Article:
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International Journal of Semiconductor Science & Technology (IJSST) ISSN 2250-1576 Vol.2, Issue 1 Sep 2012 1-15 © TJPRC Pvt. Ltd.,

HIGH-PERFORMANCE LOW-POWER SIGMA-DELTA ADC DESIGN PRASHANT SINGH1 & NARENDRA BAHADUR SINGH2 1 2

Trainee at CSIR-CEERI, Pilani, India

Chief Scientist ,Central Electronics Engineering Research Institute (CSIR-CEERI), Pilani, India

ABSTRACT The paper presents the design of high-performance low-power sigma-delta (Σ∆) ADC suitable for micro sensors applications. High-performance means smaller delay due to low order modulator having minimum circuit elements, improved sub components specifications and low power means, the design is based on improved 180nm TSMC Mixed Mode triple well technology with small parasitic, minimum leakage, faster speed and lower high frequency effects. Since Σ∆, Analogue-to-Digital Converters (ADCs) design takes the advantage of the improved CMOS circuit design and goes to the trend of high resolution, wide bandwidth with low-power applications having improved accuracy. Here, first order modulator has been taken in the design for equivalent performance while comparing to high order modulator due to improved design of modulator sub components and it reduces the number of mos transistors in the design while comparing to circuit complexity and other criteria in higher order modulators. Due to oversampling method, it uses high-frequency modulation and thus eliminates the need for abrupt cutoffs in the analogue anti-aliasing filters at the input to the ADCs. The detail design of its circuits were carried out using Mentor Graphics AMS Design Platform targeted to a 180nm TSMC MM triple well CMOS Technology.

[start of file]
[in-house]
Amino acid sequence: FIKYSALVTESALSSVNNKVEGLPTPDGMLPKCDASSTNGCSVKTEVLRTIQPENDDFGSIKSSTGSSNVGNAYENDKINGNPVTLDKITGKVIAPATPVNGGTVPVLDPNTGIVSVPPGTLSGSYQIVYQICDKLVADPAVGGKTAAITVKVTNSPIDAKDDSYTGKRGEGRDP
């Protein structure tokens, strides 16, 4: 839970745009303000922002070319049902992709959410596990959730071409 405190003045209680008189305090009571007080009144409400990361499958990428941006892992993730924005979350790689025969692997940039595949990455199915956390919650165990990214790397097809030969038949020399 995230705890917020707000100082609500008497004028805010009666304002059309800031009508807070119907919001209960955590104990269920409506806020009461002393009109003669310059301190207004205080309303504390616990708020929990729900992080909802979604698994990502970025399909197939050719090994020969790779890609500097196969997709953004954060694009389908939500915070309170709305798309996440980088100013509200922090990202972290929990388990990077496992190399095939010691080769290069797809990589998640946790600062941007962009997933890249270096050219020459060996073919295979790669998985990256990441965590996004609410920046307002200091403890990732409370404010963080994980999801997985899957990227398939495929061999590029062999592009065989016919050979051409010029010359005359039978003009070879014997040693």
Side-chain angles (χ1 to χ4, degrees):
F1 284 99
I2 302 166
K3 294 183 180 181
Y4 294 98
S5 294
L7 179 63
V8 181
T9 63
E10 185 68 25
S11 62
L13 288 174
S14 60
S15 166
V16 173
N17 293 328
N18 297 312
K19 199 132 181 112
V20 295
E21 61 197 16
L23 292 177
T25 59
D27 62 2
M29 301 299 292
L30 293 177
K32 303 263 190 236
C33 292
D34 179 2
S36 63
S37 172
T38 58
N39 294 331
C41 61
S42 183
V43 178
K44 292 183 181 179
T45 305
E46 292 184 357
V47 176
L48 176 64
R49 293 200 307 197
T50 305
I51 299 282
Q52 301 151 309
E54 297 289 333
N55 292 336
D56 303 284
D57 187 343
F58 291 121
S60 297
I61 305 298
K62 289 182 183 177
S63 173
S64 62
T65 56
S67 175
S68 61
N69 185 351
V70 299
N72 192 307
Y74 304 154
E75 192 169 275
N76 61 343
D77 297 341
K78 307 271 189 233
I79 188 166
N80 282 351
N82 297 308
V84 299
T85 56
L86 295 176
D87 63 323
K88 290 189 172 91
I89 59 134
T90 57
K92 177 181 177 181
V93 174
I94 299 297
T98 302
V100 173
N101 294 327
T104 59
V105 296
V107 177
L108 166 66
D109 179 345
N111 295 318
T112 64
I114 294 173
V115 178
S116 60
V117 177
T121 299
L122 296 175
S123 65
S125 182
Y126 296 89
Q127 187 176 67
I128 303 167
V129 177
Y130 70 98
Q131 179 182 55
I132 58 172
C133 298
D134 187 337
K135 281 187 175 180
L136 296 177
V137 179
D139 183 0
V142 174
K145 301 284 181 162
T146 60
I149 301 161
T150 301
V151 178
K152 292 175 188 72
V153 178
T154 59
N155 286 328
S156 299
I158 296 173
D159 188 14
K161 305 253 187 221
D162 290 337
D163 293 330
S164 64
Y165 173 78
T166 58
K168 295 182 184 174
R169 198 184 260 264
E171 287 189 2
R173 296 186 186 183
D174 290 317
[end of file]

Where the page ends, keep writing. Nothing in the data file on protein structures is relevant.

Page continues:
KEYWORDS: Analog-to-Digital Conversion, Sigma-Delta(Σ∆) Modulator, Decimator and Counter. INTRODUCTION Micro-Electro-Mechanical Systems(MEMS) are rapidly gaining popularity over a wide range of application by combining mechanical elements, sensors, actuators, and electronics on a common silicon substrate through utilization of micro-fabrication technology [5]. An example of full integration in MEMS is the smart sensors and electrical signal processing circuitry is placed on the same chip. Figure 1 shows the smart sensor block diagram, which consist of a CMOS monolithic chip, composed of MEM sensor, amplifier and data converter. Since the analog signals produced by the sensors are very low and consist noise, thus to avoid signal degradation the sensor is placed as close as possible to the signal processing interface. ADCs come in several basic architectures to meet the specification of system. Figure 2 shows the different type of architectures available for analog-to-digital conversion covering different


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Prashant Singh & Narendra Bahadur Singh

sample rate and their resolution. A MEMS sensor output is characterized by its speed with frequency ranging from 10Hz to 200kHz and its magnitude in the order of some micro or millivolts [5].

Figure 1. Smart Sensor’s Block Diagram

Figure 2. ADC architectures cover differing ranges of sample rate and resolution[13]

Some of the advantages of sigma delta converters like relaxed requirements for anti-alias anti filters, relaxed requirements for component matching, high resolution and compatibility with digital VLSI technology leads benefits over the other ADC architecture to meet the requirements requirements of MEMS.

SYSTEM MODELING Depending on the ratio of sampling, the analog to digital converters can be divided into two categories. The first category is the Nyquist rate ADCs in which the input data is sampled at the Nyquist rate. The second typee called an oversampling ADCs, samples the signal at a rate much higher than the Nyquist rate. Switched Capacitor[1] Delta-Sigma converters[2,3] differ from other ADC approaches by sampling the input signals at a much higher rate than the maximum input fre frequency quency [10]. The oversampling converters have been used for high accuracy, 12-bits 12 bits and beyond, A/D conversion of DC through moderately high AC signals.